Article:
Inov-8 F-Lite 245 Upper Construction

A shoe’s upper volume can play just as much of a role in a shoe’s fit and comfort as a shoe’s overall width and length. Ideally, you’ll align all of these variables to find the best-fitting workout shoes for your individual feet.

4. Toe Box Width

The toe box in your workout shoe can be important to consider, especially if you have wider feet or constantly feel like your training shoes run a little too narrow.

What Is It: A shoe’s toe box is part of the shoe that makes up the base of the forefoot to the end of your shoe’s toe. I like to picture the toe box as a literal box that goes across the ball of your foot, then extends up the sides of the foot, and closes at the top of the foot.

what is a toe box

Why Does It Matter: When we work out our feet take multiple shapes and forms. Every exercise whether we’re static or moving dynamically will then influence the shape our feet take.

If your shoe’s toe box runs a little too narrow for your foot anatomy, then you may be limiting some of your feet’s natural movement. This doesn’t necessarily mean that all progress all lost, but you might a wider toe box may be a little more comfortable.

Reebok Nano X2 vs Nike Metcon 8 Upper Performance

On top of this, if your toes can move a little more freely, then you may find that your balance and stability also improve during certain exercises. This circles back to the importance of finding workout shoes that fit accordingly for your anatomical needs.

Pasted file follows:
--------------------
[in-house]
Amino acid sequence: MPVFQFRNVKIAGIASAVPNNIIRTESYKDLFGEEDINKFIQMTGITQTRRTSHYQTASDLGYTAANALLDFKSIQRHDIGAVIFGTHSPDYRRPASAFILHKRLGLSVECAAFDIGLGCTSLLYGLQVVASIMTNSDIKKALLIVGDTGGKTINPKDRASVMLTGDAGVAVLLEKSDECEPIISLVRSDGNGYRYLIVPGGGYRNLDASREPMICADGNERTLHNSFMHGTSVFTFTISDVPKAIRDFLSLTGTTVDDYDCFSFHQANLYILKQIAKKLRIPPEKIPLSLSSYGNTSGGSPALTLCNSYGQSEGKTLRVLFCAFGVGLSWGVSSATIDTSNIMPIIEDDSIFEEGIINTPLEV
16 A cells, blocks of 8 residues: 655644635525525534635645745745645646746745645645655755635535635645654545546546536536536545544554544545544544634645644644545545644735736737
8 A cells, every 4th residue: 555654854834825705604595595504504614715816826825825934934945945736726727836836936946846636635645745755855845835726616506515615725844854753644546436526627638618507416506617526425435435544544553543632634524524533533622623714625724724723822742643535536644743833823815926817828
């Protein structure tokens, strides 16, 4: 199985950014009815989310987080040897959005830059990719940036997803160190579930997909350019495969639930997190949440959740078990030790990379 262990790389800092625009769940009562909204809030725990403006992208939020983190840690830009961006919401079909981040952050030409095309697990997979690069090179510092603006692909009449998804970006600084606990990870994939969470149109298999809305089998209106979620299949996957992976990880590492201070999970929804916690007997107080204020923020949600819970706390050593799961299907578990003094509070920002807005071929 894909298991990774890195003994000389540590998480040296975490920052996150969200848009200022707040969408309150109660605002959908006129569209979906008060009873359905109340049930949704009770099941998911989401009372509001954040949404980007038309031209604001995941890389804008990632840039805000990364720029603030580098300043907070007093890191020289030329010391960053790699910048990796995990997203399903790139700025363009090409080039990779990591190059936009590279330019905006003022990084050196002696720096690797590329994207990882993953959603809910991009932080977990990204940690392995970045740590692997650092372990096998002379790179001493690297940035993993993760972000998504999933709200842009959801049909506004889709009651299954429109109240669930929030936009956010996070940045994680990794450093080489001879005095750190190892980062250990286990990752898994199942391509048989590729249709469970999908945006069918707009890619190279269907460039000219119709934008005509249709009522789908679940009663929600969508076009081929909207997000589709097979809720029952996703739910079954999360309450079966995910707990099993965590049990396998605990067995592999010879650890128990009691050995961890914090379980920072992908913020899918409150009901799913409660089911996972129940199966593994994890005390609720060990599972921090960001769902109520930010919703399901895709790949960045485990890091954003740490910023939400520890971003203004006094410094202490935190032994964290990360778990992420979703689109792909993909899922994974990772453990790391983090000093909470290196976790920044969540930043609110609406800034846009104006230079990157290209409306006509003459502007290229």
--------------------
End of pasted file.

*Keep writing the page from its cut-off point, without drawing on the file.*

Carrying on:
What to Look For: When it comes to exploring different toe boxes in workout shoes one of the best things you can do is to simply try different models and measure your feet.

altra solstice xt 2 toe box width

Ideally, you’ll want to find shoes that have widths that align with your foot’s width. To record your foot’s width, measure the widest part of your forefoot, then use this size to cross-reference how your feet will fit into different companies’ shoes based on their sizing guide and others’ reviews on the shoe’s product page.

5. Flexibility

The flexibility of a workout will entail how well the shoe moves with your feet when you’re training. A great example here is doing a walking lunge. Does the shoe flex with the foot or feel clunky or stiff through the midfoot and toe box?

What Is It: Flexibility entails a shoe’s ability to articulate and move in different directions. A flexible workout shoe can bend in multiple directions which can be a good thing in certain contexts. Conversely, if you need more stability, then you’ll want a shoe with less flexibility.

Testing the Reebok Nano X3's sole flexibility

Why Does It Matter: Shoe flexibility and its importance will ebb and flow based on your training style and preferences. For example, if you like a shoe that has a more minimalist feel to it regarding its articulation, then flexibility will be more important for you.